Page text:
The Mumbai-based firm provides end-to-end cold storage and secondary distribution for the country’s fresh fruit, vegetable and food processing industries.
Thomas Hyland, co-founder and partner, Aspada Investment Advisors, based in Bangalore, told FoodProductionDaily the truck company will expand from 30 to 150 vehicles over the next two years using money from the Soros Economic Development Fund (SEDF) and the SONG Fund, an early stage venture capital firm funded by the SEDF, Omidyar Network, and Google.
“India is a very disorganised country and incredibly inefficient. There are opportunities to professionalise its network of cold-chain storage and open up regional access to other food producers,” he said.
“The SONG Fund was set up in India. It’s an exceptionally large market and the number one or two producer of agriculture second to China, with the largest dairy market in the world, in many cases it is also one of the least efficient producers, amongst the world’s lowest.
“It’s a country where there is a tremendous level of inequality and a lot of work needs to be done across many sectors. It’s a large market that’s a test bed for innovation and one where a market based solution can have a development impact. It can improve lives, which is important when we look at our investment.”
Arvind Gangoly, CEO, Schedulers Logistics, said the investment will allow the company to increase its presence in underserved regions, such as the eastern and north-eastern states to connect small manufacturers with major market hubs.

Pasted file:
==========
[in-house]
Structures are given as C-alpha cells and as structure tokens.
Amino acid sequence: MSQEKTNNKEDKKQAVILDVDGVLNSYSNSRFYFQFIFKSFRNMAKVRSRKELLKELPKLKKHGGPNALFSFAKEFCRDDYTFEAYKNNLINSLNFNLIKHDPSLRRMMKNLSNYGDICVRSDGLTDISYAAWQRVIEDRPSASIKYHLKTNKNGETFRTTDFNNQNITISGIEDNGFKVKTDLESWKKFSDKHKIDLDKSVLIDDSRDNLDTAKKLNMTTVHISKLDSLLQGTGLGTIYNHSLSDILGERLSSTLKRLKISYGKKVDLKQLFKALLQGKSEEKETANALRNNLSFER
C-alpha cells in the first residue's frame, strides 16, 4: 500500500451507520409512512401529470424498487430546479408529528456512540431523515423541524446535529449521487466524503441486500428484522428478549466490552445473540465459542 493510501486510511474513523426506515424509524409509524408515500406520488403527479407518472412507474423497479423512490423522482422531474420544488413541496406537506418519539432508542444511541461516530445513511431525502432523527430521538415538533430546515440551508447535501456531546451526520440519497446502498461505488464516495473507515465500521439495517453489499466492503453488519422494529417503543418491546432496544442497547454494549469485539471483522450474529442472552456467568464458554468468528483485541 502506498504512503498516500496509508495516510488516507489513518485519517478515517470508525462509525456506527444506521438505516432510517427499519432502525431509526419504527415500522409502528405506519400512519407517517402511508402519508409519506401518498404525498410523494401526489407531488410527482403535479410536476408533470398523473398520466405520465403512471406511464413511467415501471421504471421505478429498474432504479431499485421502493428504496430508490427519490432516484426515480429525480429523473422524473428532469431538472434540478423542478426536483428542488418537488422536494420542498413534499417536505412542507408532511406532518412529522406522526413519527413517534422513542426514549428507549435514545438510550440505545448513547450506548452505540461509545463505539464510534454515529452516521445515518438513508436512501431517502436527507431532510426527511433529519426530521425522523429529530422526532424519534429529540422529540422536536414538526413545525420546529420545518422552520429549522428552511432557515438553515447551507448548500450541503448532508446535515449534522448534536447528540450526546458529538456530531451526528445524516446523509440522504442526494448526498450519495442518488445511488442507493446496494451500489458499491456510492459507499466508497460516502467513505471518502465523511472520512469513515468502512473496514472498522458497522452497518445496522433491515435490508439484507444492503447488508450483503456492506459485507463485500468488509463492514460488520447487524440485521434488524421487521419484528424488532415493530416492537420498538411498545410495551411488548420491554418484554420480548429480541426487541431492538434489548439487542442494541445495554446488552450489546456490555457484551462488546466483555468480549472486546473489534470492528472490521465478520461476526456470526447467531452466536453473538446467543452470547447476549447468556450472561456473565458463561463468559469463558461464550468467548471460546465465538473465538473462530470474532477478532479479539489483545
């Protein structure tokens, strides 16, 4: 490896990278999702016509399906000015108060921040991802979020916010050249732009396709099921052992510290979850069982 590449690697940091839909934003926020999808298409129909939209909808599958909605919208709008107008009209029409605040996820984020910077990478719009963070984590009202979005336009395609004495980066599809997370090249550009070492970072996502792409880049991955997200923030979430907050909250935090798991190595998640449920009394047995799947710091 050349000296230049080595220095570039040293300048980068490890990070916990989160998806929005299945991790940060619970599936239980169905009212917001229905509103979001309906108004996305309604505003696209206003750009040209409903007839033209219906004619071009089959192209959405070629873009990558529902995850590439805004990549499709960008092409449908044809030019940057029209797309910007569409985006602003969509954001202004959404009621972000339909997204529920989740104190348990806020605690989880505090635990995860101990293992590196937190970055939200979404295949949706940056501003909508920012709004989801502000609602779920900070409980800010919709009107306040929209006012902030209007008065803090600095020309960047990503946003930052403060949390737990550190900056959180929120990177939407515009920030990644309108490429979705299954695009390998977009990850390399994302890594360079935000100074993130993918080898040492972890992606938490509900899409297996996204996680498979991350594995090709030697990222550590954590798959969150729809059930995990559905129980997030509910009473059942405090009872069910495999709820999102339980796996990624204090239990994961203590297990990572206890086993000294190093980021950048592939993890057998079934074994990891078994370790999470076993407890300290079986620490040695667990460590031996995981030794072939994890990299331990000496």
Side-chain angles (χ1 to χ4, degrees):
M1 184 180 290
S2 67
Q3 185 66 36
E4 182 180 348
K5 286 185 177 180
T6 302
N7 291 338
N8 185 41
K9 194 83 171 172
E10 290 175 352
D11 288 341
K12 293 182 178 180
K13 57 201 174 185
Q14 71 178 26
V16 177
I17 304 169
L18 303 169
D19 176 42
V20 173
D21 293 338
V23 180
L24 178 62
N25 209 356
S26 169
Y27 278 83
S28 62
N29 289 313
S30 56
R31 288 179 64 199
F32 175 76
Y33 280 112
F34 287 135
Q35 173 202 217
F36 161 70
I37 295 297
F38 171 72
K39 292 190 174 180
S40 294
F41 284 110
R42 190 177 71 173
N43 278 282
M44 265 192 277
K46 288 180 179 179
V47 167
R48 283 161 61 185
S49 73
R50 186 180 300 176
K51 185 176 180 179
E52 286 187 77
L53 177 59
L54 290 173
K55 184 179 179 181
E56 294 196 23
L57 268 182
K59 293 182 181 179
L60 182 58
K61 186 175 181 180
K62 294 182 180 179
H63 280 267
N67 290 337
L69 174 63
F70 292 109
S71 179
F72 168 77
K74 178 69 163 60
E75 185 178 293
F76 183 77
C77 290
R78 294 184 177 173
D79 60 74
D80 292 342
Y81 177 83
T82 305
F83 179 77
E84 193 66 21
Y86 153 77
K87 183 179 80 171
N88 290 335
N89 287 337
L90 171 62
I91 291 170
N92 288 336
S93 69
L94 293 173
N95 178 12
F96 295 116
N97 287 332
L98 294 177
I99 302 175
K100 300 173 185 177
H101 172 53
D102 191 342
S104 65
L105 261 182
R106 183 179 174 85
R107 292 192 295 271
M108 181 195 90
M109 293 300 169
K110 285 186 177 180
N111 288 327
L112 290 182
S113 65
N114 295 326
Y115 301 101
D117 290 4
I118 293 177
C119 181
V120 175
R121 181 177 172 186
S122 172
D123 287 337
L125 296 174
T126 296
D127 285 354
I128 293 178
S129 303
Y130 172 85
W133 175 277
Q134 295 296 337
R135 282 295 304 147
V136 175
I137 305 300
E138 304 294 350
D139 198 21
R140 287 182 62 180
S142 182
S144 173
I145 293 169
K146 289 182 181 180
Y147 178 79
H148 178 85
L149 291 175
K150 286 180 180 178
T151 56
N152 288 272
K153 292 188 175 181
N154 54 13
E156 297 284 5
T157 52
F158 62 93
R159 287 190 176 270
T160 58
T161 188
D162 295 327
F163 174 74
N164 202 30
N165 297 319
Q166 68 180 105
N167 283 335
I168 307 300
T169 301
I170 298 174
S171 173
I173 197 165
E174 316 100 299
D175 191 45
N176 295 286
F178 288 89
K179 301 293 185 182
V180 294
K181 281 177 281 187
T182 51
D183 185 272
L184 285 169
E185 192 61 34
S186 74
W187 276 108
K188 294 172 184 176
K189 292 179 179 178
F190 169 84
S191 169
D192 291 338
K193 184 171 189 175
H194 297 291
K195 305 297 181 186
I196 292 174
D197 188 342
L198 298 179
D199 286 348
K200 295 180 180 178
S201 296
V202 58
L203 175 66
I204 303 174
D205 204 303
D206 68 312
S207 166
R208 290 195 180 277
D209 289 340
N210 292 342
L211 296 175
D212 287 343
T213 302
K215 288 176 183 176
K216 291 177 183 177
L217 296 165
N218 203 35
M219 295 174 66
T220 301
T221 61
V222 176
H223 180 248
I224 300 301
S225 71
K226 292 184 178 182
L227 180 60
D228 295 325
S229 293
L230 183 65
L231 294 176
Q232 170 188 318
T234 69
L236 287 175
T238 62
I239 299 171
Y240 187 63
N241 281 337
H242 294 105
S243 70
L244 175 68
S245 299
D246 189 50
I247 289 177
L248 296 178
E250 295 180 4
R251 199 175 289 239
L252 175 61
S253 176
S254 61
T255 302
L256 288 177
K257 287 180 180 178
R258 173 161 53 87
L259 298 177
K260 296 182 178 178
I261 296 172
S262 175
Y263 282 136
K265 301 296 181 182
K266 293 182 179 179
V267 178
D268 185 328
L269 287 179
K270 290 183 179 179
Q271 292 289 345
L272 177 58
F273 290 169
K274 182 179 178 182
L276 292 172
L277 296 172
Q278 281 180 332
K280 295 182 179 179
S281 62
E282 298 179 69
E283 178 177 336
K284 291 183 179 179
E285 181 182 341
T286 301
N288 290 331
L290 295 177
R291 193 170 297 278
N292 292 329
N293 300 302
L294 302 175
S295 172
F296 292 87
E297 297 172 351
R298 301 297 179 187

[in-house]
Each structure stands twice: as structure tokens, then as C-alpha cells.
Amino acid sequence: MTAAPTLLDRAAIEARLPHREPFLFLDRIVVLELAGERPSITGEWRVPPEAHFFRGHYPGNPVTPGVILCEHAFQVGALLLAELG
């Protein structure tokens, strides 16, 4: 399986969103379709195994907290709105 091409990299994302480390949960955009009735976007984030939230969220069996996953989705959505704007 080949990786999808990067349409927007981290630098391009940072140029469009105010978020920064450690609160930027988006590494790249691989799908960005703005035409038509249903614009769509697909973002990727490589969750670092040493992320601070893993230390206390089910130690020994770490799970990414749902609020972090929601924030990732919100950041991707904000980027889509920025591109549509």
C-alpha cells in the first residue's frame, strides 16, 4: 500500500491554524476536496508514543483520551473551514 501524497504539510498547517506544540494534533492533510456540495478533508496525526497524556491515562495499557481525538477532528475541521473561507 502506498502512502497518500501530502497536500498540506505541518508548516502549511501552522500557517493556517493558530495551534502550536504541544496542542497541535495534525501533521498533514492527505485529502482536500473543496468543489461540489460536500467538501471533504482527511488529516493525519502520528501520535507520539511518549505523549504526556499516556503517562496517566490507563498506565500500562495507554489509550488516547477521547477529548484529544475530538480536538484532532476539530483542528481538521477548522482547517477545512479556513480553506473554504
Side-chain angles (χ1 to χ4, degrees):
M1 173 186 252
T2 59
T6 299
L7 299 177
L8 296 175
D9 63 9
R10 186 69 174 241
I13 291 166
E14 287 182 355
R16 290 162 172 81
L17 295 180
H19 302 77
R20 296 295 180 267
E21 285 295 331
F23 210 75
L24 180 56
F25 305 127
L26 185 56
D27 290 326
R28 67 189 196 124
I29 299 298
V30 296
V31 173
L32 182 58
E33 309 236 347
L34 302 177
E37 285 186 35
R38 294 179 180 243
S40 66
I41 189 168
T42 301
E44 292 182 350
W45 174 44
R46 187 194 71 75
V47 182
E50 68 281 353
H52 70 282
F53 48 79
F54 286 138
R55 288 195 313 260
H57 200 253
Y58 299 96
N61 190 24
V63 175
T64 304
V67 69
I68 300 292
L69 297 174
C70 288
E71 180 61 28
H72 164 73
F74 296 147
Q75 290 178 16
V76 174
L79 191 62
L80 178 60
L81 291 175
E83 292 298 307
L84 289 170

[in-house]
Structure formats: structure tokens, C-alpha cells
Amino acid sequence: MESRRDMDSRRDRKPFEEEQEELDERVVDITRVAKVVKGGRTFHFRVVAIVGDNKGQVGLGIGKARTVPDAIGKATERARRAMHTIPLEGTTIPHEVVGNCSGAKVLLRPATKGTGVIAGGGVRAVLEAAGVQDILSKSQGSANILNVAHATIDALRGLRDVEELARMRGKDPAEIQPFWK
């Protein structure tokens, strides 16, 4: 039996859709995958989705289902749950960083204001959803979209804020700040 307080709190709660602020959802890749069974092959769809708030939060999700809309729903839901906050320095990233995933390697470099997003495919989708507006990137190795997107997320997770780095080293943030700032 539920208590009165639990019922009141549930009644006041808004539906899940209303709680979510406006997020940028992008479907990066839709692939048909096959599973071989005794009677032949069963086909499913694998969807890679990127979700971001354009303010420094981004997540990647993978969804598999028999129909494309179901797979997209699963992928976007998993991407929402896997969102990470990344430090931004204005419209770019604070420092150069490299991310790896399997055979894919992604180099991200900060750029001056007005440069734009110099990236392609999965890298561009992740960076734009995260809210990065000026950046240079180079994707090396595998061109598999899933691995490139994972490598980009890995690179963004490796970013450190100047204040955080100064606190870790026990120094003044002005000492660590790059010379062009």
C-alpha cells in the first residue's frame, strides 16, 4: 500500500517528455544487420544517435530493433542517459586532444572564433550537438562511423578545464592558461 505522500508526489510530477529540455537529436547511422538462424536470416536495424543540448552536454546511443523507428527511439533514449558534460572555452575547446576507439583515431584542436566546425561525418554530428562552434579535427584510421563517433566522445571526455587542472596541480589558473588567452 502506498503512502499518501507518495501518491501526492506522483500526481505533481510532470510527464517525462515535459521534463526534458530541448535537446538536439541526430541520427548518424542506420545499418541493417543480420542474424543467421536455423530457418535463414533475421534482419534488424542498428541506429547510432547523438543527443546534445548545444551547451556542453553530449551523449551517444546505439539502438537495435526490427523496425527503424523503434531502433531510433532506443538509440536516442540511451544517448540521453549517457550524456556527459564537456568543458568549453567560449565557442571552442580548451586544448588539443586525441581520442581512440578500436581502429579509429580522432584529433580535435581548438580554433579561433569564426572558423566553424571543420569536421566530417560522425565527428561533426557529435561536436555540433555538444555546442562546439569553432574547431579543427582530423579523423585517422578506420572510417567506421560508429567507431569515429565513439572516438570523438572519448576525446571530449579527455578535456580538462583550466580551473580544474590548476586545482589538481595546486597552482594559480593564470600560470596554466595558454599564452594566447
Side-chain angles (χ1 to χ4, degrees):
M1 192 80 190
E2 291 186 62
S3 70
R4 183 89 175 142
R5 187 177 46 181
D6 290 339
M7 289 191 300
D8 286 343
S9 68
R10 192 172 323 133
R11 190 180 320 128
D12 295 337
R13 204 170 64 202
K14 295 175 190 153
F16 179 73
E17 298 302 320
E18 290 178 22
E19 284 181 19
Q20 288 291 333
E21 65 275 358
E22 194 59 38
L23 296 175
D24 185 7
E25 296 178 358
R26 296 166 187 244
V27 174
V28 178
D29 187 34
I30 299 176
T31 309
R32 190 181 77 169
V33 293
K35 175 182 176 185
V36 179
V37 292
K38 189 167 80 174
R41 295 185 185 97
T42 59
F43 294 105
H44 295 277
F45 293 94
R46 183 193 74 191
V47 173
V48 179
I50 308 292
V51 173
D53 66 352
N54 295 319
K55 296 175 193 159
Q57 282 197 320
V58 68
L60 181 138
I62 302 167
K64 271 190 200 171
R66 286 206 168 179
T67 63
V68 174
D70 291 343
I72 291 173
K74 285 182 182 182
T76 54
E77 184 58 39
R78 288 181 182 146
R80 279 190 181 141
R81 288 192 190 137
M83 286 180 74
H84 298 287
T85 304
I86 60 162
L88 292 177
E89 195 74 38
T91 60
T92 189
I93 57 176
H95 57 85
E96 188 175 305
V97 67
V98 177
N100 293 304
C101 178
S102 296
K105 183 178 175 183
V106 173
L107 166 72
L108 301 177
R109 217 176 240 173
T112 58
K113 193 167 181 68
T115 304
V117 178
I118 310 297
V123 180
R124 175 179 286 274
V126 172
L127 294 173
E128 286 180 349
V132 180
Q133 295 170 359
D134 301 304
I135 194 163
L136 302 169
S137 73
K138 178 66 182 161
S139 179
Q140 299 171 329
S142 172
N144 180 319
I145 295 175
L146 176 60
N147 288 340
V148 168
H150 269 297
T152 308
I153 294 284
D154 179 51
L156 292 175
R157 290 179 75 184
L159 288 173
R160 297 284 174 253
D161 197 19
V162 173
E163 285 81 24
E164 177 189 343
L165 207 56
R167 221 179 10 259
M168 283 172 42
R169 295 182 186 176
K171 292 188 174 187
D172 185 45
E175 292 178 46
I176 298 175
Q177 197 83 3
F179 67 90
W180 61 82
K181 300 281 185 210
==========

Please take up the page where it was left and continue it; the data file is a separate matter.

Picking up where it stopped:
500kg controlled loads
He said it was one of the few players operating in Tier 2 and 3 towns in India that can offer temperature controlled loads as small as 500kg.
Hyland told FPD, there are vast pockets of societythat are not well connected and supply chains for fruit and vegetable in the north-eastern states are very poor because the roads to the main centre are not good.
“Only 7% of the entire country has organised logistics. The rest of it is an individual guy on a truck which runs on an ad hoc basis which leads to incredible inefficiencies,” he added.
“There are no trained drivers, no network and no route authorization like in the US. There is a great need for more sophisticated, organised logistics in the country. Statistics show 30% of all food rots, there is intense poverty, and the need for more efficient cold chains is critical.”
Hyland said Schedulers Logistics currently operates an asset light model. It owns about 30 trucks, but as the firm grows it will lease its vehicles, as opposed to buying them so that it can scale up faster.
Tier 1, 2, 3 is a term used to designate the size of a town on a grading system.
'Scratching the surface'
“The big cities such as Deli and Mumbai are Tier 1 whereas Tier 2 and 3 are poorly connected. India has a billion people, but it is not well served by cold chains or connected to cities. The idea is not to run more of the same but open up parts of the country which have been largely exploited,” he said.
“We believe the cold chain market in India will grow because there is a tremendous amount of wealth in the country and food processing is such a large market.
“Disposable incomes are rising, and there is a desire for QSR (Quick Service Restaurants), fast food franchises are growing rapidly and smaller towns demand better quality fruit and vegetable. For larger players to enter this market it requires investment.
“Schedulers will have a high impact on the food industry but it is only one of a handful of cold chain players, it’s such a niche space, but it is still not even scratching the surface.”